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Comment: Governance could be a problem... (Score 2) 43

Aside from the technical difficulties (which are certainly real; but probably surmountable with time and funding), I would be concerned about the political side of the project(politics being...somewhat less of a solved problem... than space and blowing things up).

The technology sufficient to divert an asteroid, especially with limited warning(which precludes some of the subtler 'attach an ion drive or give it a slow shove with a laser' type schemes), is probably pretty punchy, possibly 'basically an ICBM but better at escaping earth's gravity well' punchy. It would be an unfortunate irony if, in the attempt to mitigate the city-destroying-asteroid threat, we ended up with some sort of proliferation problem or another round of delightful nuclear brinksmanship.

In an ideal world, you'd hope that people could put "Stopping asteroid apocalypse" in the category of 'things more important than your petty nation-states and dumb ethnic and religious squabbles'; but I wouldn't exactly be shocked if people largely can't and every stage of an anti-asteroid project ends up being a bunch of delicate diplomacy and jingoistic dickwaving between the assorted nuclear powers, along with a lot of hand-wringing about anti-satellite capabilities, and generally a gigantic mess.

Comment: Re:I am all for this research (Score 2) 43

However.... what happens when there is an Asteroid that will threaten earth... in between the time the telescope is developed, but before the asteroid diversion tech is developed?

Well, probably the de-facto legalization of every drug ever, along with cataclysmic declines in production in all sectors where working kind of sucks...

Comment: I'm not sure how common it is... (Score 4, Insightful) 257

by fuzzyfuzzyfungus (#46796461) Attached to: Ask Slashdot: Hungry Students, How Common?
But it sounds like an absurd example of a false economy: Even at relatively cheap schools, the cost of running a student through is nontrivial. It seems like complete insanity to waste expensive instructional time on somebody who can't concentrate properly for want of a few dollars worth of calories. Nobody's interests are well served by that.

Comment: Re:do they have a progressive view? (Score 1) 326

by evilviper (#46796359) Attached to: Detroit: America's Next Tech Boomtown

Yes, because conservative views have turned the tech industry off from flocking to Texas for jobs. There's a sarcasm tag embedded there.

Texas is a purple state, projected to go Blue in a few more years. Texas leans a little bit to the right, but California doesn't lean very heavily left, itself.

Comment: Re:It could happen (Score 1) 326

by evilviper (#46796297) Attached to: Detroit: America's Next Tech Boomtown

The obvious benefit is that the cost of living is much lower than California or similar.

That's an idiotic thing to say. California is a huge state. You might as well say the cost of living in "North America" or "On Earth" is too high.

I couldn't believe last time I was in CA to visit a friend that they had just paid almost a million dollars for a 3-bedroom house with no property.

I'm in CA, and I bought a 3br house on half an acre for $45k. I was paying $500/mo rent before that, for a 2br apartment.

Unlike rust-belt states, I pay almost nothing for heating and cooling. My electric bill goes up maybe $10/month in the summer, and my natural gas bill goes up maybe $10/month in the winter (water heater, mostly). The insane home heating costs in the rust-belt will eventually trump the lower property prices.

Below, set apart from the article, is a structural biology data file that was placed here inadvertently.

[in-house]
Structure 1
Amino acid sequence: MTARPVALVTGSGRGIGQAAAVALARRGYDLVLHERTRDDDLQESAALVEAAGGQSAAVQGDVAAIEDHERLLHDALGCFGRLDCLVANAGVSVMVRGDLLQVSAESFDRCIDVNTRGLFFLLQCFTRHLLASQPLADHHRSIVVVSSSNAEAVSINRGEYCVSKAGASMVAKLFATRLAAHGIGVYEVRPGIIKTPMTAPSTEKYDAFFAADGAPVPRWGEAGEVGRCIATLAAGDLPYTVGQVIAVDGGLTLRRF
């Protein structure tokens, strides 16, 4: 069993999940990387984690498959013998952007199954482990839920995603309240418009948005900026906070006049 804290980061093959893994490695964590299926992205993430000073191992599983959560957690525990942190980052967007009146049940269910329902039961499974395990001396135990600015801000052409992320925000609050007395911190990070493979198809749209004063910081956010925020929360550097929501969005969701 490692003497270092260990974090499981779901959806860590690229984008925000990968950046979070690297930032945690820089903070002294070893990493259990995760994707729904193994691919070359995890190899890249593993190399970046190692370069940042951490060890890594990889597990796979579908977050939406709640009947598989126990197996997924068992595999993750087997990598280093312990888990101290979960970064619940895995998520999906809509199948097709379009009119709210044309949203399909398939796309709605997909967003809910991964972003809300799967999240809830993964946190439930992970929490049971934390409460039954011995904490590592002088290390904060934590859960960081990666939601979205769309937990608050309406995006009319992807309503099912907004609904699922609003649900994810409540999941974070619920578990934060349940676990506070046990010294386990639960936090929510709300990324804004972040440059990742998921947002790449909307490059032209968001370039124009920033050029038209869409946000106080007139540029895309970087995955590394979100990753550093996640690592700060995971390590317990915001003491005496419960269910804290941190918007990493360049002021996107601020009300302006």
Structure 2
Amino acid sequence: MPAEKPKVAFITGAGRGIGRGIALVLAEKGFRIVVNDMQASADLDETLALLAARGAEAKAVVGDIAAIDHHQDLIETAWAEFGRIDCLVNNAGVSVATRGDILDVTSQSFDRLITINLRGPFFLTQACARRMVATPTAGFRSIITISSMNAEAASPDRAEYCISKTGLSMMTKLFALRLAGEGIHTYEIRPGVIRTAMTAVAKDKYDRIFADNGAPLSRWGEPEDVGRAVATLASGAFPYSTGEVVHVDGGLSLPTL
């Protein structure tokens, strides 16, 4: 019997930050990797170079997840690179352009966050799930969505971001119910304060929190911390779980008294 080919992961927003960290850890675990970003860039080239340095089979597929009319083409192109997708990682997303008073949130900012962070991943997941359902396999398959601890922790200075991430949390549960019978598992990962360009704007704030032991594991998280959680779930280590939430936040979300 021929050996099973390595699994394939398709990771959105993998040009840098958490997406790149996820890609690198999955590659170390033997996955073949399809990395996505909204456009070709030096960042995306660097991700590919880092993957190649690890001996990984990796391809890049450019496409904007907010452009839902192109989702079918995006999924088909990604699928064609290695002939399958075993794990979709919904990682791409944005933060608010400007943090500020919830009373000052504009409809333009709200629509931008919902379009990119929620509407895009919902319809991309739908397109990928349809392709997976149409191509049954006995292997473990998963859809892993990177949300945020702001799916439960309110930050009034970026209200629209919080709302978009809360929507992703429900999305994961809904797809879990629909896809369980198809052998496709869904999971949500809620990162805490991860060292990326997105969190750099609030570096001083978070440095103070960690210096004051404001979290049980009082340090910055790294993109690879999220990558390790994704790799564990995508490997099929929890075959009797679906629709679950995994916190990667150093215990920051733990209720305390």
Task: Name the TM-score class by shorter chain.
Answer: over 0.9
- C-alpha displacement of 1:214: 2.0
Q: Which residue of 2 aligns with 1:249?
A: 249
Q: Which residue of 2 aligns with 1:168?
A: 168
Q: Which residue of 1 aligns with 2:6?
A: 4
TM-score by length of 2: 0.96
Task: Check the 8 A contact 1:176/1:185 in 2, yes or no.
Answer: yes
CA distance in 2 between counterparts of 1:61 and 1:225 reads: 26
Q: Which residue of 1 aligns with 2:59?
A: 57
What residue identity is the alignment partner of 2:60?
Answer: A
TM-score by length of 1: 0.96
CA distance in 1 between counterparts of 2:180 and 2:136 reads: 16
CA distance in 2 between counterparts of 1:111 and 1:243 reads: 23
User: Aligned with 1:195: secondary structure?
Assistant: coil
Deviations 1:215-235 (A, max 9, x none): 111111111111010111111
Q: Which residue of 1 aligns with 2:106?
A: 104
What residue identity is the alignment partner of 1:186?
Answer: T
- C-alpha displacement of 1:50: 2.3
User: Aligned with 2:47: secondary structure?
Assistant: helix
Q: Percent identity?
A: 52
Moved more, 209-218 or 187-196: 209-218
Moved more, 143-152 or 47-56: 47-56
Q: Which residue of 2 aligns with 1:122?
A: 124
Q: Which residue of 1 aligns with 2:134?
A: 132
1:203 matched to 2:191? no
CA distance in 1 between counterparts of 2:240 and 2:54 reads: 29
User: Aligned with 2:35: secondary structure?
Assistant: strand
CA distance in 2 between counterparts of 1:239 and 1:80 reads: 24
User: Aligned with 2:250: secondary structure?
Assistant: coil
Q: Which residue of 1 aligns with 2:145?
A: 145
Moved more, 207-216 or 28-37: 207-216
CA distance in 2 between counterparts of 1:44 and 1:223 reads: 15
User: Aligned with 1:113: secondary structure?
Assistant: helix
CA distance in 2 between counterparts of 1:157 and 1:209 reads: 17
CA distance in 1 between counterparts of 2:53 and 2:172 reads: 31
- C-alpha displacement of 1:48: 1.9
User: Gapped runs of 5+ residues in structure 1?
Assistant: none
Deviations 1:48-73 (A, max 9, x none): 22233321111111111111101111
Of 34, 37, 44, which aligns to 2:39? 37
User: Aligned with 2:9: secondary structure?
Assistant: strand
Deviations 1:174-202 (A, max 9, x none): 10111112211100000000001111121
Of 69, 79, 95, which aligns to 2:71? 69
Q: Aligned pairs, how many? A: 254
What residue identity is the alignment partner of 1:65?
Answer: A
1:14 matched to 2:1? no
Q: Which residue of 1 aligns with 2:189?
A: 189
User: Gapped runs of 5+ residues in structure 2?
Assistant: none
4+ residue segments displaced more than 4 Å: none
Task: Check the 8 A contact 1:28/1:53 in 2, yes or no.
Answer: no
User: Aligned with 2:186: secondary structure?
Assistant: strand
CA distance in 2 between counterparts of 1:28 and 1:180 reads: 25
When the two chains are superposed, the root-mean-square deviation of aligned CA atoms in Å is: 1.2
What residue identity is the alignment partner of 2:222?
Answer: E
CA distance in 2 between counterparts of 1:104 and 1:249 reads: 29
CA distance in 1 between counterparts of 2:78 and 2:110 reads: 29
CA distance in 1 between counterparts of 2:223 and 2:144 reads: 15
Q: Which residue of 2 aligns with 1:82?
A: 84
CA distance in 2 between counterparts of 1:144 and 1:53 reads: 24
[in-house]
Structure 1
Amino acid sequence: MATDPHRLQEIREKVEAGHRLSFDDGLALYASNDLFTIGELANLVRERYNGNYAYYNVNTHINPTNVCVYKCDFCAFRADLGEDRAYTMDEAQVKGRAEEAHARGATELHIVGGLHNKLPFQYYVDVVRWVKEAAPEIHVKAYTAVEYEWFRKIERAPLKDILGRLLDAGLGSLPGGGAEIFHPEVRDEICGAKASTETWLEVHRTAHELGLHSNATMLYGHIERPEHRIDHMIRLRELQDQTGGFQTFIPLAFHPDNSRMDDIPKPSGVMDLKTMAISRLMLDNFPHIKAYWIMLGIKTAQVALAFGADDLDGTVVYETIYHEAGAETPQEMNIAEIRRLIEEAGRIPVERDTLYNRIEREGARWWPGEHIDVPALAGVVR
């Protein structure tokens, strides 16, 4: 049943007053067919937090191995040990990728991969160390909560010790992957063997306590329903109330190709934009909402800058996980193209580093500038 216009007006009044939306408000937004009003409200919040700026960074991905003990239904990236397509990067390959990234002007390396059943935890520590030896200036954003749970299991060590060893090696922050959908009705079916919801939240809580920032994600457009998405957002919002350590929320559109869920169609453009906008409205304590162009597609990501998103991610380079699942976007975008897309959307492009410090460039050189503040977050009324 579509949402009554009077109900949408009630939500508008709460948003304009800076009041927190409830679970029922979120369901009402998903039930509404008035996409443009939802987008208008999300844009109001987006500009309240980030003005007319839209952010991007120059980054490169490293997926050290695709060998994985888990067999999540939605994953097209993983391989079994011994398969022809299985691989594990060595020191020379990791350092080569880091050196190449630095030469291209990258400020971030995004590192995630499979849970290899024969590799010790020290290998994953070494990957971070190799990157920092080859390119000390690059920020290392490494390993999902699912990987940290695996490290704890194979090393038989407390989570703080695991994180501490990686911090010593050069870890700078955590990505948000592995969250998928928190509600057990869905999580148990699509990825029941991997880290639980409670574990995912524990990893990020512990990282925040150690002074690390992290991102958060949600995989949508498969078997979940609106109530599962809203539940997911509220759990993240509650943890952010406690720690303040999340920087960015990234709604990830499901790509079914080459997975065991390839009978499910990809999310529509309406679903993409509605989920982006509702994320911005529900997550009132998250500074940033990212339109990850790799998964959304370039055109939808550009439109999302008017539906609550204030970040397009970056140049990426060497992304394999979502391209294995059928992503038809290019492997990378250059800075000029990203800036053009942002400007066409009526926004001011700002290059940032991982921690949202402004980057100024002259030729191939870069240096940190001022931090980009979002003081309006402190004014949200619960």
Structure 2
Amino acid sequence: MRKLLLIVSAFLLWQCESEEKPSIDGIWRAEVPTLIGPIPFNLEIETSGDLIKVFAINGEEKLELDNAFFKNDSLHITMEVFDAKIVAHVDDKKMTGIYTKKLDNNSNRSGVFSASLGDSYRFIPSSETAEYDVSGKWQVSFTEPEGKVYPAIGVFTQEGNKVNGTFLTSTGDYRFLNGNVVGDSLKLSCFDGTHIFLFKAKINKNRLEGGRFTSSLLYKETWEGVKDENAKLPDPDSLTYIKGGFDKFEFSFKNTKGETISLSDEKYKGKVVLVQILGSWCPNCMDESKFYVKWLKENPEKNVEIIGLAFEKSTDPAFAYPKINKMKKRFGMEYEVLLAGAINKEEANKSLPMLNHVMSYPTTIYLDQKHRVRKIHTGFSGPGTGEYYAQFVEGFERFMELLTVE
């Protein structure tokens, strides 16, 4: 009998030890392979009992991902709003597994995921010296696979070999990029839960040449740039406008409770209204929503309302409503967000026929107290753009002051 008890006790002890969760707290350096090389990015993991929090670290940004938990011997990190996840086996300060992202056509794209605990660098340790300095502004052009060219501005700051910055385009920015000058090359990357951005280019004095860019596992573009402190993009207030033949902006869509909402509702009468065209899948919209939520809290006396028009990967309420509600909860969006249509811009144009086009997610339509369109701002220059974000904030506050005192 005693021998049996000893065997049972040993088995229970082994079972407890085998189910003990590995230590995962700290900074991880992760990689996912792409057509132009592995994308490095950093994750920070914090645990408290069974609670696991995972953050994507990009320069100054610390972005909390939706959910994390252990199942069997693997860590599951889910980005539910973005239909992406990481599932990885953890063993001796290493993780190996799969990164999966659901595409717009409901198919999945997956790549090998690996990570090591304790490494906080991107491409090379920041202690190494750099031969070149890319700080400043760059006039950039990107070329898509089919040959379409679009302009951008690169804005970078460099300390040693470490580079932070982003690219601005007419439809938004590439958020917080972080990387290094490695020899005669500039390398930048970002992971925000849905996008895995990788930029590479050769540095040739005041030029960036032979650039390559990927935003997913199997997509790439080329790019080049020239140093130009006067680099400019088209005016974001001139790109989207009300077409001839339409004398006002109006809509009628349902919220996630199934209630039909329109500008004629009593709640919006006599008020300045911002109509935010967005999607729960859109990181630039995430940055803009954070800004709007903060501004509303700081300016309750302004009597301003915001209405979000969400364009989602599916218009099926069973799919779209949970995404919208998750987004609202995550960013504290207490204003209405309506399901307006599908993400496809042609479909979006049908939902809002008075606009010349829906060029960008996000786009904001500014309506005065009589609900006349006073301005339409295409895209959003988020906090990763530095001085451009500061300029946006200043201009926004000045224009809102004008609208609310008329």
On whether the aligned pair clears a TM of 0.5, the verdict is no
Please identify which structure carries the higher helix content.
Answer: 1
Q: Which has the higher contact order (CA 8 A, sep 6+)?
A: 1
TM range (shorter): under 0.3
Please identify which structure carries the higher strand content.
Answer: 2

So your list of benefits is all imaginary.

Comment: Re:Standard Engineering ethics case study (Score 1) 154

by Raenex (#46796003) Attached to: The Design Flaw That Almost Wiped Out an NYC Skyscraper

(e.g. the late Roger Boisjoly, who was the Morton Thiokol engineer that strongly warned of the O-ring failure and tried to postpone Challenger's launch)

I saw a documentary on that. What's sad is that despite all the good work he did to try and avert the disaster, when given a last chance to object on the conference call to NASA he remained silent.

Comment: Re:This needs to be Illegal (Score 1) 207

by evilviper (#46793447) Attached to: California Utility May Replace IT Workers with H-1B Workers

" Under no circumstances should any Utility in the US be allowed to Off-Shore IT operations"

They aren't. I know this from first-hand experience as a Sr Engineer for a major phone company, that is to remain nameless. I was responsible for the audit, after the DoJ specifically told us we needed to ensure anybody who wan't *physically* in the US at the time, would not have access to ANY production data.

Despite the idiotic headline, this has to be about H1Bs who reside in the US, NOT off-shoring. The Fed wouldn't allow a list of 5 power pole locations to leave the country.

Comment: Re:Why fear designer babies? (Score 1) 153

I think you're looking at the issue wrong. There are already many second-class citizens in the world, and with depressing uniformity, they produce offspring who themselves grow up to be second class citizens. Having the option to genetically engineer traits that are highly correlated with success and satisfaction could be the very thing we need to beat this generational trap. Maybe the best way to see genetic engineering is to compare it with buying college for your children. Sure, that puts them "ahead" of some people who refuse to go, but the mere fact that college gives some people an advantage over others is surely no reason to oppose its availability. It's also a very important (though imperfect) tool for social mobility, maybe the best one we have. Genetic engineering might be many times better, especially when combined with the availability of college.

Entropy requires no maintenance. -- Markoff Chaney